Eight Things Facilitators Do
So what do you do?
I'm a facilitator.
You're a what, now? A facilitator?
Yes. I help groups make better, more inclusive decisions.
Oh... That sounds nice. They move away to refresh their beverage.
I have this conversation a lot. I imagine the other person thinking they've heard that word somewhere. "Facilitation" was part of that job description they wrote or saw. It's something about leading groups. Everybody does that in people-facing work, right? And lots of people hate doing it, though they never say it out loud. And that's a whole profession?
I've seen facilitation do amazing things for group dynamics and organizational strategy. I've also seen facilitation do a lot of lasting damage... Though, to be fair, that variety is often public-relations, training, or outright manipulation disguised as facilitation.
So what do facilitators do? And how is it different from what a director, manager, trainer, coordinator, or event planner does? As I see it, here are the primary things a good facilitator does for a group:
Facilitators work with a core team to tailor a process to the purpose and context.
Facilitators draw upon a library of practiced methods to plan ahead--to skillfully design appropriate process--for any group, from assessment, through intervention, to implementation.
Facilitators release time and energy of trainers, coordinators, and decision-makers so they can focus on content delivery, communications, and organizational mission.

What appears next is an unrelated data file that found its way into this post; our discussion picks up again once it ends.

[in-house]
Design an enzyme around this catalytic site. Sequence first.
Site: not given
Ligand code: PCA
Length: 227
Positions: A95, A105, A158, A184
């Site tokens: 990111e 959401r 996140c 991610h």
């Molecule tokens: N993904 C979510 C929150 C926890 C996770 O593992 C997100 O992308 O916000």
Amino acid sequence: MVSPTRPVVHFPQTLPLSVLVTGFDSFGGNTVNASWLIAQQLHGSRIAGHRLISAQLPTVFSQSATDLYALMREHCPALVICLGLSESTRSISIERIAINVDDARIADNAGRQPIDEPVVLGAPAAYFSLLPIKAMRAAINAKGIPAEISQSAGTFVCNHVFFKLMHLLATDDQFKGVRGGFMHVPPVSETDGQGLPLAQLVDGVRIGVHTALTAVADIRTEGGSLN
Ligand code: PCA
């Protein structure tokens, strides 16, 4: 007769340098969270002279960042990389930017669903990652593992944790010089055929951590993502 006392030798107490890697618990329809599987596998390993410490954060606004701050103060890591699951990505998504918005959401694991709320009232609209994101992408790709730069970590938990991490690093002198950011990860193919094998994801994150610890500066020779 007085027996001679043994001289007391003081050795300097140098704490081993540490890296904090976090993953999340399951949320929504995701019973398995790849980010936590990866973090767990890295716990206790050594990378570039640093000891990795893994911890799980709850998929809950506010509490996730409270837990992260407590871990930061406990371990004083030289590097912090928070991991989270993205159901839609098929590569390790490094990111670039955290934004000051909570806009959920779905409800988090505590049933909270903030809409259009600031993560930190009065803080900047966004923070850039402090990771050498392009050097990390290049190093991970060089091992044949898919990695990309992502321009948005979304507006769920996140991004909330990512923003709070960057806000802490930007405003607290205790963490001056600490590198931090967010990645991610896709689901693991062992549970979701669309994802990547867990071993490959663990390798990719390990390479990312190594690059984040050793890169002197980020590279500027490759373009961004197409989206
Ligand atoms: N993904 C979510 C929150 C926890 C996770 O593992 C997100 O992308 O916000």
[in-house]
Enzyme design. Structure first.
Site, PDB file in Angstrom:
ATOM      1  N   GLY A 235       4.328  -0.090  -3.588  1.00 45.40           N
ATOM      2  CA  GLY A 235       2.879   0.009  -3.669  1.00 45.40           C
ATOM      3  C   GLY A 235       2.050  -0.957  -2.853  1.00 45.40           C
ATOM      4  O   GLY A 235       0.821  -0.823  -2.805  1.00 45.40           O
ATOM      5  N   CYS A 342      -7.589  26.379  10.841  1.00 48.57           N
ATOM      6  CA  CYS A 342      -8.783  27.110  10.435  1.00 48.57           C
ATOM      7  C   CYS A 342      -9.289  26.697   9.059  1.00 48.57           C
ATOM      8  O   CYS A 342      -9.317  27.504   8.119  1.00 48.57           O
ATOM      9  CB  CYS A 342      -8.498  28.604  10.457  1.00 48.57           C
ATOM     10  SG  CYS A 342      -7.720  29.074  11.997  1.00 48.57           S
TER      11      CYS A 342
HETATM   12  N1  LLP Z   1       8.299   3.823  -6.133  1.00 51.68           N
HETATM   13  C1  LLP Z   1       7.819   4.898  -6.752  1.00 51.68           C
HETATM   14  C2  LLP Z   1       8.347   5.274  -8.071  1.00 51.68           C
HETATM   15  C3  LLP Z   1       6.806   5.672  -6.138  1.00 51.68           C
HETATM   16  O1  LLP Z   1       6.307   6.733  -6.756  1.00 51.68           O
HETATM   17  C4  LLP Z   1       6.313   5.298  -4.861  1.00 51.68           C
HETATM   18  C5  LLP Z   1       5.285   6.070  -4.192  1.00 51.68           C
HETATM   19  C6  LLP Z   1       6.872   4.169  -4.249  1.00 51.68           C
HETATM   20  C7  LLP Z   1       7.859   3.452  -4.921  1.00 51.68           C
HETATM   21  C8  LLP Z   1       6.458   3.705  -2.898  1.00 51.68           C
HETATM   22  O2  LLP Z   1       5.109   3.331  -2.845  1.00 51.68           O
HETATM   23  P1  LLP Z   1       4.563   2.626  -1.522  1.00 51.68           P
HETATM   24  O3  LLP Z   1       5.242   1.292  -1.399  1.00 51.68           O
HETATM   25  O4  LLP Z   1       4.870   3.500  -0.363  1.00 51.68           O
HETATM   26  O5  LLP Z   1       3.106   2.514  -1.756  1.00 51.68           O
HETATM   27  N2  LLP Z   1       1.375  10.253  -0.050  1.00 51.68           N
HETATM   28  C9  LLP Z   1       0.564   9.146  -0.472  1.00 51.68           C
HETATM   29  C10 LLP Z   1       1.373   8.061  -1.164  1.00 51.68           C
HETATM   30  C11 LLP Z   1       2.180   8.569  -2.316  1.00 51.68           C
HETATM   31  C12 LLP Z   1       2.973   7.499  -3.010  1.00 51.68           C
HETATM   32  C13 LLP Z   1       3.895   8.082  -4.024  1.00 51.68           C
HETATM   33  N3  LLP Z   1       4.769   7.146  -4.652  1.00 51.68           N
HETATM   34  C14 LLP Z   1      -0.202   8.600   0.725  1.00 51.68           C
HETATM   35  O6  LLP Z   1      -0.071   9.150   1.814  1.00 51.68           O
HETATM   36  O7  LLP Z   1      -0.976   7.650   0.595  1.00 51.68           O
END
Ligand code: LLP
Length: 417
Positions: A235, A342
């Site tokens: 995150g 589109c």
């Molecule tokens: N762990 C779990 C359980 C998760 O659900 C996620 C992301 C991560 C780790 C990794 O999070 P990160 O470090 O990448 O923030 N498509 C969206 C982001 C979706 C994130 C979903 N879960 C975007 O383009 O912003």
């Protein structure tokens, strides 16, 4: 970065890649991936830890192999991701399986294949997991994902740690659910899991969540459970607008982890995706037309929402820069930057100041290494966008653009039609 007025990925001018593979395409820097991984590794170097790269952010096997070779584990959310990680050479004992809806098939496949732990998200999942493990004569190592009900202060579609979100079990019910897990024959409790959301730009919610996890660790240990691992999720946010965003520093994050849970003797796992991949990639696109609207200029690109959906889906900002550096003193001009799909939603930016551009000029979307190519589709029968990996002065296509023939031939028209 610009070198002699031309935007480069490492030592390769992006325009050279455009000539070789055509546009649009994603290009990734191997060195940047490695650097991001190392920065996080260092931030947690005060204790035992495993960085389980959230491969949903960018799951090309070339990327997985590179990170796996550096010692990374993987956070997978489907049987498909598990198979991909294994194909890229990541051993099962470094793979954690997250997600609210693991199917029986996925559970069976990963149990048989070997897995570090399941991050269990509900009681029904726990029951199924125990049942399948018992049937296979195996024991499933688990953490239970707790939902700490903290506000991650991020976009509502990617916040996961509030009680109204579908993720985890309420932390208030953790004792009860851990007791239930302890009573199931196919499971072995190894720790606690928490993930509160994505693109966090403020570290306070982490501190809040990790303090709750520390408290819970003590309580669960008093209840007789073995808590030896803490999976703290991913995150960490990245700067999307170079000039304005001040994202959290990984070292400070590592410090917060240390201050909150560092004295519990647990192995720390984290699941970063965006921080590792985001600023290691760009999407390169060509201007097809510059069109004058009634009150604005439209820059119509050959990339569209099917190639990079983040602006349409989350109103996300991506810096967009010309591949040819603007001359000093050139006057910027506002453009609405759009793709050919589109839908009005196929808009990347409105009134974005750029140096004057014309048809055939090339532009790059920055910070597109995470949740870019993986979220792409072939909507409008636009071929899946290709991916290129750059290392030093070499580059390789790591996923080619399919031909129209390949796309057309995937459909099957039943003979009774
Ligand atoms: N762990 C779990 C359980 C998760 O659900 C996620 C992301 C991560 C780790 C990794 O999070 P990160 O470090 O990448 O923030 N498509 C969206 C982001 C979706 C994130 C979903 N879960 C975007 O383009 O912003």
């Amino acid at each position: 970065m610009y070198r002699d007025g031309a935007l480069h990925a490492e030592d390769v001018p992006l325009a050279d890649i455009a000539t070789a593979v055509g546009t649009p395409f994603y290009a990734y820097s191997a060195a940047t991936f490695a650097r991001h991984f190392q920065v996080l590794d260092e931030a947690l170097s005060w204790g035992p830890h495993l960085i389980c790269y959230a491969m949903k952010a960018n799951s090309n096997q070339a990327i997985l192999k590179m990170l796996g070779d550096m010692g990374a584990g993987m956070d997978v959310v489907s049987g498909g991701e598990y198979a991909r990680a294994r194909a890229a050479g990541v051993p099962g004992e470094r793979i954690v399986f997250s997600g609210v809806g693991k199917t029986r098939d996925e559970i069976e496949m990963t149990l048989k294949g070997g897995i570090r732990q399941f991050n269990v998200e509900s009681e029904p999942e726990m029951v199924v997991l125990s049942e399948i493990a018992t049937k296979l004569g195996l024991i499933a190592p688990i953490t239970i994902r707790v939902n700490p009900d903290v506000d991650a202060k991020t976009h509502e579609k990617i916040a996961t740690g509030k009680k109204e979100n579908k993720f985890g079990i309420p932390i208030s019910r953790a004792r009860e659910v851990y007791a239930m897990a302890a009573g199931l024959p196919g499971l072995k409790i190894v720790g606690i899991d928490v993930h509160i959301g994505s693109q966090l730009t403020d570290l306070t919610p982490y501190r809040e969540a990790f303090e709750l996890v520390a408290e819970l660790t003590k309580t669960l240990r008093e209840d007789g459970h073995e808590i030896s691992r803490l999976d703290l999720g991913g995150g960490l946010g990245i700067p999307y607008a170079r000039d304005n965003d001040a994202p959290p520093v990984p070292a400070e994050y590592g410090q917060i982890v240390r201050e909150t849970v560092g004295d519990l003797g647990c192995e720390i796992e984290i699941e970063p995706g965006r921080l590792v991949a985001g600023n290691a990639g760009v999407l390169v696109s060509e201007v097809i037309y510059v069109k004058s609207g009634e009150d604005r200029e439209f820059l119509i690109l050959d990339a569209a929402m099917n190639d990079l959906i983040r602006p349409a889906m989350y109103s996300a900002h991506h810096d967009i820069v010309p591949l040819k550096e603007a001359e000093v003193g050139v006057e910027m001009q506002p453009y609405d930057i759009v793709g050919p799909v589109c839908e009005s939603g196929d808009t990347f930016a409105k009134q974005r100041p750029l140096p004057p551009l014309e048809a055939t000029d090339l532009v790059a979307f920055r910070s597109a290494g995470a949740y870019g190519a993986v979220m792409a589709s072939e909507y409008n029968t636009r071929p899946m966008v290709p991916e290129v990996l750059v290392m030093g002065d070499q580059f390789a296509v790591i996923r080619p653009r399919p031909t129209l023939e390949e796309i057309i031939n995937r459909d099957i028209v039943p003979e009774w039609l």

Facilitators provide a relatively neutral and welcoming presence that encourages meaningful dialogue, rather than positional monologues.
Facilitators help prevent and respond to difficult behaviors by a single party or vocal minority with experience-informed interventions.
Facilitators enable equitable participation from everyone--from new arrivals, to axe-grinders, to worker bees, to leaders and visionaries. Excellent facilitators also harness the special power of outliers.
Great facilitators create clear, actionable documentation of events and help keep energy flowing through transparent, clear communications.
Facilitators help groups stay curious and prevent premature decision-making. They provide just enough structure--enough enabling constraints--to help groups wrestle with uncertainty.
According to MIT's Sloan Review, the average employee spends six hours per week in meetings, with managers and leaders spending exponentially more. That's more than 300 hours per year spent in group process. In corporate settings, senior staff meetings are sometimes referred to as "expensive rooms." It's a meaningful meditation to calculate the cost of circular conversations, information delivery, personality conflicts, agenda hijacking, and jockeying for power.
Facilitation reduces waste and adds value. For regular meetings, training a core of internal facilitators increases productivity and improves culture. Moreover, when organizations need meetings to spur innovation, yield strategy, or foster culture-change, professional facilitation from an outside source has no parallel in making the time count.